Oklahoma City finds a lot to like about the 2014 Legislature — but mostly due to bills that failed to pass.
A new report lists four positives for every negative among issues of concern to the city.
Some negatives are consequential, though, including Republican House Speaker Jeff Hickman’s refusal to allow a vote on funding for the stalled American Indian Cultural Center and Museum.
Passage of a measure to block OKC’s vacant and abandoned building registry, centerpiece of the city’s blight-fighting efforts, gets a grade of “mixed.”
Among the “positives” on the list, many are for bills that died. For instance:
• An effort to pre-empt cities’ authority to regulate app-based “ridesharing” services Uber and Lyft (Senate Bill 1703) failed to move forward. Oklahoma City is drafting regulations for those services, classifying them as “Transportation Network Vehicles.” They compete with traditional taxi and limousine services, which are highly regulated.
• A bill to require cities to allow building in floodplains and flood ways (Senate Bill 1967) died.
• A bill to take away municipal election dates, including Oklahoma City’s December date (Senate Bill 1816), died.
• A “right to farm” measure (House Joint Resolution 1006) died. It may have pre-empted city animal and land-use ordinances.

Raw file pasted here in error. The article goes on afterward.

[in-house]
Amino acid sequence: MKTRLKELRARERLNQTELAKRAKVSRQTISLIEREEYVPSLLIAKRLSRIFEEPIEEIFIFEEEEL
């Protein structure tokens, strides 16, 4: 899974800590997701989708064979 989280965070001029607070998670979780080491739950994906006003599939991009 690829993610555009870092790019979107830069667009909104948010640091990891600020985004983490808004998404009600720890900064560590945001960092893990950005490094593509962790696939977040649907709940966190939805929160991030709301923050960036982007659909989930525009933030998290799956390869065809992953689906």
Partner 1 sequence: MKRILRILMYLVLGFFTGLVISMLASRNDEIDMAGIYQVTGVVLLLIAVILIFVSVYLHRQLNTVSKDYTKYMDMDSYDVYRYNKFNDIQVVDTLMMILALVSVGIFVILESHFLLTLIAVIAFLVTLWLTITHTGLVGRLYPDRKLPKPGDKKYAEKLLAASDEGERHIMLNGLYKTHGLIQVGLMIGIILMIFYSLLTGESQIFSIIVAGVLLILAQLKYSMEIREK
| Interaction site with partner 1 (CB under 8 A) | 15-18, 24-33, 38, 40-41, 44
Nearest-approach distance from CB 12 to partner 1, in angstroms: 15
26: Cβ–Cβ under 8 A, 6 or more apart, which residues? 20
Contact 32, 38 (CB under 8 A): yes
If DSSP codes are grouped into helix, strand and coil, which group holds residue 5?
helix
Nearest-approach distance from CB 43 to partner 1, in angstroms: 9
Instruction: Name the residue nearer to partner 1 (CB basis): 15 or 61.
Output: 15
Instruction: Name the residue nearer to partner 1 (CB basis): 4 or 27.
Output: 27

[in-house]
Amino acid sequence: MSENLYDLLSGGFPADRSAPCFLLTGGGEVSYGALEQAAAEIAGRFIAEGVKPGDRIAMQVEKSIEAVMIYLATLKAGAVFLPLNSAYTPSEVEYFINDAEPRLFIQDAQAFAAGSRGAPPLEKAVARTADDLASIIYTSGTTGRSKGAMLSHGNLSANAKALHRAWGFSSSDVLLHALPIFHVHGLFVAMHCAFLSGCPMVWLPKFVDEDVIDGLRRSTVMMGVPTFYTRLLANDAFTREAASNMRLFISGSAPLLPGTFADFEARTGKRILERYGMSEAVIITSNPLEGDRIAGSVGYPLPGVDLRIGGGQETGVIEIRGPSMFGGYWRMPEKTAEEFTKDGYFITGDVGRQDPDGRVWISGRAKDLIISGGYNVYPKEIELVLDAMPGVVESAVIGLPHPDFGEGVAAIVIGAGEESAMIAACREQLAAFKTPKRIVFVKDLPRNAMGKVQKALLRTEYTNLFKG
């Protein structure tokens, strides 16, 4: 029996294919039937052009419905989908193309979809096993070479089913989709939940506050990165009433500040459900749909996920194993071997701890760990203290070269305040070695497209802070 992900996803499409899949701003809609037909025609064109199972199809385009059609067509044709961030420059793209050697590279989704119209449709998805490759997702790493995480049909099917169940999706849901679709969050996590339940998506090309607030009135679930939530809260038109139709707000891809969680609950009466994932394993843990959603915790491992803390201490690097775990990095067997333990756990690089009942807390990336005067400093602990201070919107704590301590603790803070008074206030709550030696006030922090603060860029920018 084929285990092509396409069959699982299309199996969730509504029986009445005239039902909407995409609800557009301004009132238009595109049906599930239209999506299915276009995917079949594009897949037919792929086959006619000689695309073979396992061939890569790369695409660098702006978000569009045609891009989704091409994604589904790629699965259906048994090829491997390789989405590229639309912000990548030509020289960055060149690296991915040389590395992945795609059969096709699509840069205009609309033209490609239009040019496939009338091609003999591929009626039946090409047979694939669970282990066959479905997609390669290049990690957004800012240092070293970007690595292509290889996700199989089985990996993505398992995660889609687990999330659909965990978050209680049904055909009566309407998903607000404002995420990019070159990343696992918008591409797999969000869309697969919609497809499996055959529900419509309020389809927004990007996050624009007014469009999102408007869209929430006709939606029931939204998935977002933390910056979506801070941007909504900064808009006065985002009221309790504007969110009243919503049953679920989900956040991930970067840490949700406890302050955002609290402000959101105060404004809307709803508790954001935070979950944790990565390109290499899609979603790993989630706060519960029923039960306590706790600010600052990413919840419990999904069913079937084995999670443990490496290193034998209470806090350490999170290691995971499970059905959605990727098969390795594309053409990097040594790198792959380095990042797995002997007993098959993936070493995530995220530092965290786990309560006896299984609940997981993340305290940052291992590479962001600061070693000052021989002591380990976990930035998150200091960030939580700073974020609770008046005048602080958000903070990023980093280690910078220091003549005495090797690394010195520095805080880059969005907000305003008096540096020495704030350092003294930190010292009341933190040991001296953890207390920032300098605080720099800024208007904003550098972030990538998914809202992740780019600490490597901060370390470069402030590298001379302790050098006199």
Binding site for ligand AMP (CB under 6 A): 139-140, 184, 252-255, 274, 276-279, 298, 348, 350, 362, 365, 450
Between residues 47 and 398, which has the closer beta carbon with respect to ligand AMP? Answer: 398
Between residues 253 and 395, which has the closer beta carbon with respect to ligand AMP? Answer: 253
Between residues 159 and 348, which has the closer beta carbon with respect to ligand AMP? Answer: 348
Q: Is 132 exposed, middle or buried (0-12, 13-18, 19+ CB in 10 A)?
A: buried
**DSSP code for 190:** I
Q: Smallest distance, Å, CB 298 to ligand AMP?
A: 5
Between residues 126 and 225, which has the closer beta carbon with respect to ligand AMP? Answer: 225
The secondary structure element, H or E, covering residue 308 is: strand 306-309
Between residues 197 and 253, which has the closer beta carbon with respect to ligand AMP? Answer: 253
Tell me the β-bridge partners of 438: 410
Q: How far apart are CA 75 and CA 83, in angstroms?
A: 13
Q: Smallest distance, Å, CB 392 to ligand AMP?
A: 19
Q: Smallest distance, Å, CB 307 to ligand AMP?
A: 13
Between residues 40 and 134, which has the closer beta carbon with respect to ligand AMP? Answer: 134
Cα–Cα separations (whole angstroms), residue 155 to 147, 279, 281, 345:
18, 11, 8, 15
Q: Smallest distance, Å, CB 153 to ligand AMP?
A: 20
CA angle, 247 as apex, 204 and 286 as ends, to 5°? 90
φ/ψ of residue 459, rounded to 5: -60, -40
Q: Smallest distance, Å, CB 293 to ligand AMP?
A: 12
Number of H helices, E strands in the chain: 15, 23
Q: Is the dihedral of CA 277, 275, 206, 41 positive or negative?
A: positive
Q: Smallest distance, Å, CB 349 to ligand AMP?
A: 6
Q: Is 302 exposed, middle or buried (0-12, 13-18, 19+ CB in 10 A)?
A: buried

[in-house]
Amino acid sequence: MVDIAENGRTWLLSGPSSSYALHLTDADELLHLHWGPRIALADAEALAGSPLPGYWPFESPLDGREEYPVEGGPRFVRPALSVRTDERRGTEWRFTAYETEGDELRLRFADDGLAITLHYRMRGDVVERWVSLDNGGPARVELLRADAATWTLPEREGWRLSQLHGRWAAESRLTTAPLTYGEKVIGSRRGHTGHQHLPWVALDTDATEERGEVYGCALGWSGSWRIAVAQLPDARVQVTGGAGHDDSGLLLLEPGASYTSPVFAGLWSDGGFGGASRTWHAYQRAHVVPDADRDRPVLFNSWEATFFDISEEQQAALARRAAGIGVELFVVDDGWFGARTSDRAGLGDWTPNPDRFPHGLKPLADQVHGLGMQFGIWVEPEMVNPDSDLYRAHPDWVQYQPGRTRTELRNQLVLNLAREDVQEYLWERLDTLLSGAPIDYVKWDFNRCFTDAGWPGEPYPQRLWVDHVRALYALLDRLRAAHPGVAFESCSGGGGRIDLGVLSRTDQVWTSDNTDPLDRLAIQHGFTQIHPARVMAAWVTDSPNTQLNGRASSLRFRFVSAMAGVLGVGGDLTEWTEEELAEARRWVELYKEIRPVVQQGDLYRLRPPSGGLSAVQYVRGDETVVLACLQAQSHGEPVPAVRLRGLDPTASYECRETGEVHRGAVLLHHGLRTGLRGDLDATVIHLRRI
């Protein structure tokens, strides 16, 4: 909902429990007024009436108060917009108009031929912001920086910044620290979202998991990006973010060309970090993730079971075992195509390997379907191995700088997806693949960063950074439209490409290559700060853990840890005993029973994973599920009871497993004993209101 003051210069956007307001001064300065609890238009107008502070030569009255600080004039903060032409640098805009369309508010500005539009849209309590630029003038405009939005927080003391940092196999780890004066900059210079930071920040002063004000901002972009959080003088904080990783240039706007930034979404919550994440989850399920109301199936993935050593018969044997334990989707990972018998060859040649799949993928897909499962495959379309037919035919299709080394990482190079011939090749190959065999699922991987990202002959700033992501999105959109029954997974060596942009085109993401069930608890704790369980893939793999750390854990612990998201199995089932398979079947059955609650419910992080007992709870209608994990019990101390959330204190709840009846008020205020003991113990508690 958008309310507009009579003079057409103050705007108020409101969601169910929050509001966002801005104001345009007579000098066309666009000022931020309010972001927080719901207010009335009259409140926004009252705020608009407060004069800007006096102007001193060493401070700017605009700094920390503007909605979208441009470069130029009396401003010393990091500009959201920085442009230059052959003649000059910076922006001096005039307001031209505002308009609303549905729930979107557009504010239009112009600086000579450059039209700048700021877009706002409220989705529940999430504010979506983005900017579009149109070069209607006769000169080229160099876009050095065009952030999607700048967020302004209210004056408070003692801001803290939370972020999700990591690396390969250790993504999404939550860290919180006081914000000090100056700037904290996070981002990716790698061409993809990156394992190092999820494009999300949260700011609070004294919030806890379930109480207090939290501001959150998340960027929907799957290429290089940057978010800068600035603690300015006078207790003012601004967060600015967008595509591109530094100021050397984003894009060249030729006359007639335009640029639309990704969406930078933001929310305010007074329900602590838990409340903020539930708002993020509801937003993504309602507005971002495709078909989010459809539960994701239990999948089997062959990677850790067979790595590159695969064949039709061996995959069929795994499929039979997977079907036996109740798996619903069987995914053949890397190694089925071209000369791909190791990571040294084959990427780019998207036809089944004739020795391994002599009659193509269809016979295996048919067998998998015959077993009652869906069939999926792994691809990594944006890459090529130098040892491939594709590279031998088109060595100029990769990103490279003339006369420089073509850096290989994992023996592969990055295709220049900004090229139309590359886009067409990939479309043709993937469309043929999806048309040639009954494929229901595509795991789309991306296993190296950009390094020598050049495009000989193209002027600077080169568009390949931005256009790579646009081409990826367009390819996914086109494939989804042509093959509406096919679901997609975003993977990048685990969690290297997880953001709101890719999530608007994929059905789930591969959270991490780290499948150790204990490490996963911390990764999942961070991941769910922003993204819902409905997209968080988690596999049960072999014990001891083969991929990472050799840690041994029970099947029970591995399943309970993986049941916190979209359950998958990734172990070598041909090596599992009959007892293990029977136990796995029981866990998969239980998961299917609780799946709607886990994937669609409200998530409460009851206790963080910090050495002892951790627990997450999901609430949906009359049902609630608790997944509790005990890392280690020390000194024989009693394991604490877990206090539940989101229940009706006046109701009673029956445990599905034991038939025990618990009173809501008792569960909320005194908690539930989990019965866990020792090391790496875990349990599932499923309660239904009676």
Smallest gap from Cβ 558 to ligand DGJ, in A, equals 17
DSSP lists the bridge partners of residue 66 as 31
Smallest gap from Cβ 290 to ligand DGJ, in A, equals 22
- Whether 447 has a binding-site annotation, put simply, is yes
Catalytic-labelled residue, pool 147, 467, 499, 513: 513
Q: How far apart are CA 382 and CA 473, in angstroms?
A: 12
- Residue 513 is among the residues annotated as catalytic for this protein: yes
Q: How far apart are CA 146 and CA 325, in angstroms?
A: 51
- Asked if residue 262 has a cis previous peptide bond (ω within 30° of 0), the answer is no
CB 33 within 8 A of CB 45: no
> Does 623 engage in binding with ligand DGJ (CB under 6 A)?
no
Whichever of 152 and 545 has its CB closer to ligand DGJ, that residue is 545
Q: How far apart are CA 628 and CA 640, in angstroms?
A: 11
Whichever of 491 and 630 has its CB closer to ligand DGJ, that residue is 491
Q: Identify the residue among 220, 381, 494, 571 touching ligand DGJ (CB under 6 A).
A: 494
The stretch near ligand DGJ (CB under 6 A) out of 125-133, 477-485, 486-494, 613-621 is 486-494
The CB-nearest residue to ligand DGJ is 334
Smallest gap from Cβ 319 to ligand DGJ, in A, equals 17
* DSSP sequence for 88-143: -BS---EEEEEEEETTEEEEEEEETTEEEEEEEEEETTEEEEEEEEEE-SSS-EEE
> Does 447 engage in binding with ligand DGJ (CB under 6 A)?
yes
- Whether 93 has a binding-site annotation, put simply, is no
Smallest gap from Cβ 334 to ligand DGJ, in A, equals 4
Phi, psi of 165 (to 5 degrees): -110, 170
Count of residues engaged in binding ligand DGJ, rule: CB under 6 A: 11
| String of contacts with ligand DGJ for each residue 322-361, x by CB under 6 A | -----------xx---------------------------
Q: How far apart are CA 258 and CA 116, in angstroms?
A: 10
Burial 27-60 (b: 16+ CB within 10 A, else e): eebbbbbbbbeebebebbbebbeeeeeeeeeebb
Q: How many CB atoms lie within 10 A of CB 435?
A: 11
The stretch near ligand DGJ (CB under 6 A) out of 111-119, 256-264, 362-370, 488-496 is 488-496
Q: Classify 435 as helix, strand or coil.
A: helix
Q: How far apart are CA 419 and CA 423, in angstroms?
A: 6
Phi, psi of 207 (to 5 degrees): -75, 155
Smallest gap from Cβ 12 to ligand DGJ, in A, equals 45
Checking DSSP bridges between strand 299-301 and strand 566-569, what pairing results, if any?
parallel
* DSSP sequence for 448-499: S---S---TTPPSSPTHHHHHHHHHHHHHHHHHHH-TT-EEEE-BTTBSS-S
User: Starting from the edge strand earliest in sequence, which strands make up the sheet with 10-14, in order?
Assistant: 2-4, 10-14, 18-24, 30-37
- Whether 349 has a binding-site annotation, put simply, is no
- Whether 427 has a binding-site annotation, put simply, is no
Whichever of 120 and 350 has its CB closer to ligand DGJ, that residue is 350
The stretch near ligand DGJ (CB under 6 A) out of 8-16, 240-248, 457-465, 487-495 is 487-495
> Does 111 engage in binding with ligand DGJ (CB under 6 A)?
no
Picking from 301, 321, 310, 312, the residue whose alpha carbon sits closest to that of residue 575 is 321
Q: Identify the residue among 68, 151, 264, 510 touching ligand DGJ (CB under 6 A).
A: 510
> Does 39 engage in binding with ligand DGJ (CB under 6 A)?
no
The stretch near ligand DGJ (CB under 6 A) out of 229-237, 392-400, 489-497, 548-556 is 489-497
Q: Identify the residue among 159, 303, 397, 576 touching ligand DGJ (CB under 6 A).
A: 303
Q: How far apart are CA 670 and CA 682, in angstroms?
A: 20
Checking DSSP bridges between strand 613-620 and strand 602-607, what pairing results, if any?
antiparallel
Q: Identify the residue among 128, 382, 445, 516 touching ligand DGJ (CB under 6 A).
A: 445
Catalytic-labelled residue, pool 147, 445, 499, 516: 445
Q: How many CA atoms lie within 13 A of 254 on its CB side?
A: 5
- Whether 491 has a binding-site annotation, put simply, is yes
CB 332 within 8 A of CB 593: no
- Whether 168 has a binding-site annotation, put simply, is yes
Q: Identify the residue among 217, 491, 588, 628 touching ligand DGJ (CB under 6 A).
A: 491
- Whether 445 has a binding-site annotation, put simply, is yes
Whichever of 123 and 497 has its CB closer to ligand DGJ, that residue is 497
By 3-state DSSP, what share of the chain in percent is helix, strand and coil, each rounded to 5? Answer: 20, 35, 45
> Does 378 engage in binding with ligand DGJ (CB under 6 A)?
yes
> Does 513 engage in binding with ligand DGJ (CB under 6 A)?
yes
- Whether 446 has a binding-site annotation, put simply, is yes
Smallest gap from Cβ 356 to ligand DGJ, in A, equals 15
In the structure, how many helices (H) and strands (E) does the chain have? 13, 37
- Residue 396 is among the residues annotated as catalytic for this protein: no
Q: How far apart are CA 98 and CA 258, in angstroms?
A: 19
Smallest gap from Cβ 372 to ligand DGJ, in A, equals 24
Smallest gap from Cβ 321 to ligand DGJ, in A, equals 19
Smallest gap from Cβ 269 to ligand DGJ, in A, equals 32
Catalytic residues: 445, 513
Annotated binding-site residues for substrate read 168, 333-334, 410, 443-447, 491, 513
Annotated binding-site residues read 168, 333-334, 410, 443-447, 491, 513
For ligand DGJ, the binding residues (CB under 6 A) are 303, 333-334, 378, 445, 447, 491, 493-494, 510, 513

• A bill to expand carrying weapons on buses (House Bill 1558) failed.
Rated “negative” was a bill that pre-empted the ability of cities to establish their own minimum wage (House Bill 1023). That bill passed and was quickly signed after a coalition of labor groups began an initiative campaign to call a vote on raising the minimum wage in Oklahoma City.
One the plus side:
• The city and its retirees are expected to save money on retiree medical insurance as a result of reforms included in a bill (Senate Bill 1858) signed by the governor in April.
• The city expects to save $2.2 million per year beginning July 1, 2015, on the fee charged by the Oklahoma Tax Commission to process sales tax receipts (House Bill 1875).
Worth Considering: A bill “very narrowly prevented” would have required installation of a security checkpoint at every public entrance to every city building, at a cost of $80,000 per checkpoint.